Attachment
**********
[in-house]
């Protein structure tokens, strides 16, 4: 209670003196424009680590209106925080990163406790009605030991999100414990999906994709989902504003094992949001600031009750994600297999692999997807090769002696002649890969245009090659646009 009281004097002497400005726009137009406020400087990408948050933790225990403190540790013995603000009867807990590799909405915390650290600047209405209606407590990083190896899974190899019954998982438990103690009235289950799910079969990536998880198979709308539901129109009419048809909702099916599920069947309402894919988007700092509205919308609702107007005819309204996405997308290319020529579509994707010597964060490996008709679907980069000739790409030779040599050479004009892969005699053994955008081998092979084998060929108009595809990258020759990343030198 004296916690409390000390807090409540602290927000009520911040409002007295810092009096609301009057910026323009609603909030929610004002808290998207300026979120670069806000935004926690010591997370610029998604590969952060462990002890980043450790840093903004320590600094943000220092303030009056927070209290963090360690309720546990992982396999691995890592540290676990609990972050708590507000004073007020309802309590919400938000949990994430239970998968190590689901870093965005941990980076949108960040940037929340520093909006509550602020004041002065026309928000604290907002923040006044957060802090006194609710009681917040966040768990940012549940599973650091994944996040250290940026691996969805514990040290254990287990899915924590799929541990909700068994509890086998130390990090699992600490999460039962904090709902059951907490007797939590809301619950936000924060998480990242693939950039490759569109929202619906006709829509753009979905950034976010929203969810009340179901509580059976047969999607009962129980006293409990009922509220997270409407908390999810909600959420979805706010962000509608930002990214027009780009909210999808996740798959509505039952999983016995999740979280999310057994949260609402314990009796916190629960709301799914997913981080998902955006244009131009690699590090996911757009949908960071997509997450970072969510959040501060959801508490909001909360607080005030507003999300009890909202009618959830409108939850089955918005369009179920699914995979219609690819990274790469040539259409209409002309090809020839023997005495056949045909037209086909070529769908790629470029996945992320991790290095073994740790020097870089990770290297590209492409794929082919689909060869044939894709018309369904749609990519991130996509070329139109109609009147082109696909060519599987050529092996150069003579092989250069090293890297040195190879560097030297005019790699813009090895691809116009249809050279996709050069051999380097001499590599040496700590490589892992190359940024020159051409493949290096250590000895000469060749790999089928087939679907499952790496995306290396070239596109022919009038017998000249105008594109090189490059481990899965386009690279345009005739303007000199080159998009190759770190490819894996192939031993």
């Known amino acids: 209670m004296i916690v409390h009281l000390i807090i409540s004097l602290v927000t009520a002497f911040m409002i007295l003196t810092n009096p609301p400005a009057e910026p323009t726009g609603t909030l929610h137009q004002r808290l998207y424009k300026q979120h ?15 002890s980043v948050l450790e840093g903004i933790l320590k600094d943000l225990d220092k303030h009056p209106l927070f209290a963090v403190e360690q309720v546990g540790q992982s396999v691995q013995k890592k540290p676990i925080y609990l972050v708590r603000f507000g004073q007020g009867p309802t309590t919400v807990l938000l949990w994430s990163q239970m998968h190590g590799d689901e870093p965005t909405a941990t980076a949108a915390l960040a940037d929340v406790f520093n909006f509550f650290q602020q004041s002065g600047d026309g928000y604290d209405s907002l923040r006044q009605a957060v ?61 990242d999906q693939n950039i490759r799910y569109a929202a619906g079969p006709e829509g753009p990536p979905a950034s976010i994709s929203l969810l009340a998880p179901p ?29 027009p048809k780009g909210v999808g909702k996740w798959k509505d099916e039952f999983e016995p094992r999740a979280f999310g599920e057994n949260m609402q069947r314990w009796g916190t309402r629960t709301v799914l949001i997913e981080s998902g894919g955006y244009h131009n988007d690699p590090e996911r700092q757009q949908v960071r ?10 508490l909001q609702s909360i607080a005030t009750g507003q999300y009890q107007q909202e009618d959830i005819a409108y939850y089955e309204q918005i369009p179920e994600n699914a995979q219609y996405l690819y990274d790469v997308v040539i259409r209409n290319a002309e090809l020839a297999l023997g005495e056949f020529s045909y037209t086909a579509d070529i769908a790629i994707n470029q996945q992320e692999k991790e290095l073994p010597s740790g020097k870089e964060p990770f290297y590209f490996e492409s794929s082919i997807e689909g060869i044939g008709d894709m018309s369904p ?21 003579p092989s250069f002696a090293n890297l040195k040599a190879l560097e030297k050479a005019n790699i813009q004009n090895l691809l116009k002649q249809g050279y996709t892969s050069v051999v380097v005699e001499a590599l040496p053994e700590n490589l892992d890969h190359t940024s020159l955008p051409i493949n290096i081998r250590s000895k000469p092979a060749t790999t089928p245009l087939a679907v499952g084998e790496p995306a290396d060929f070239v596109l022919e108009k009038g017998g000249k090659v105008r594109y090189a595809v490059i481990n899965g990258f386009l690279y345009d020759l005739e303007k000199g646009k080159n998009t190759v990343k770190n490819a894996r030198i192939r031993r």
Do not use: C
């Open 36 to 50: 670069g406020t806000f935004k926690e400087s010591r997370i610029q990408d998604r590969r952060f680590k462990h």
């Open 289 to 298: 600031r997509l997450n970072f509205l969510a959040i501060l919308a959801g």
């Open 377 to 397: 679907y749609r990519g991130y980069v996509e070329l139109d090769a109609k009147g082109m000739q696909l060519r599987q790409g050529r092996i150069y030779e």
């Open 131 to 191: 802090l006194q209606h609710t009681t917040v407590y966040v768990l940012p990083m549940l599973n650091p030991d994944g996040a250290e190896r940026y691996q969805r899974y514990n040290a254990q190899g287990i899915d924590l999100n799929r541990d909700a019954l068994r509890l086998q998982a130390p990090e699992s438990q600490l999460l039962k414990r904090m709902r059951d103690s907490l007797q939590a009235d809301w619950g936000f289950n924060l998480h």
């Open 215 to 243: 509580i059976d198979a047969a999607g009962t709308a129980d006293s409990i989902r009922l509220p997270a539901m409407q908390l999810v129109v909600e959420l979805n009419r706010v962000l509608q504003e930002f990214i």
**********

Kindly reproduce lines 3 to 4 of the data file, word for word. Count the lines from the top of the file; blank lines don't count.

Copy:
């Known amino acids: 209670m004296i916690v409390h009281l000390i807090i409540s004097l602290v927000t009520a002497f911040m409002i007295l003196t810092n009096p609301p400005a009057e910026p323009t726009g609603t909030l929610h137009q004002r808290l998207y424009k300026q979120h ?15 002890s980043v948050l450790e840093g903004i933790l320590k600094d943000l225990d220092k303030h009056p209106l927070f209290a963090v403190e360690q309720v546990g540790q992982s396999v691995q013995k890592k540290p676990i925080y609990l972050v708590r603000f507000g004073q007020g009867p309802t309590t919400v807990l938000l949990w994430s990163q239970m998968h190590g590799d689901e870093p965005t909405a941990t980076a949108a915390l960040a940037d929340v406790f520093n909006f509550f650290q602020q004041s002065g600047d026309g928000y604290d209405s907002l923040r006044q009605a957060v ?61 990242d999906q693939n950039i490759r799910y569109a929202a619906g079969p006709e829509g753009p990536p979905a950034s976010i994709s929203l969810l009340a998880p179901p ?29 027009p048809k780009g909210v999808g909702k996740w798959k509505d099916e039952f999983e016995p094992r999740a979280f999310g599920e057994n949260m609402q069947r314990w009796g916190t309402r629960t709301v799914l949001i997913e981080s998902g894919g955006y244009h131009n988007d690699p590090e996911r700092q757009q949908v960071r ?10 508490l909001q609702s909360i607080a005030t009750g507003q999300y009890q107007q909202e009618d959830i005819a409108y939850y089955e309204q918005i369009p179920e994600n699914a995979q219609y996405l690819y990274d790469v997308v040539i259409r209409n290319a002309e090809l020839a297999l023997g005495e056949f020529s045909y037209t086909a579509d070529i769908a790629i994707n470029q996945q992320e692999k991790e290095l073994p010597s740790g020097k870089e964060p990770f290297y590209f490996e492409s794929s082919i997807e689909g060869i044939g008709d894709m018309s369904p ?21 003579p092989s250069f002696a090293n890297l040195k040599a190879l560097e030297k050479a005019n790699i813009q004009n090895l691809l116009k002649q249809g050279y996709t892969s050069v051999v380097v005699e001499a590599l040496p053994e700590n490589l892992d890969h190359t940024s020159l955008p051409i493949n290096i081998r250590s000895k000469p092979a060749t790999t089928p245009l087939a679907v499952g084998e790496p995306a290396d060929f070239v596109l022919e108009k009038g017998g000249k090659v105008r594109y090189a595809v490059i481990n899965g990258f386009l690279y345009d020759l005739e303007k000199g646009k080159n998009t190759v990343k770190n490819a894996r030198i192939r031993r």
Do not use: C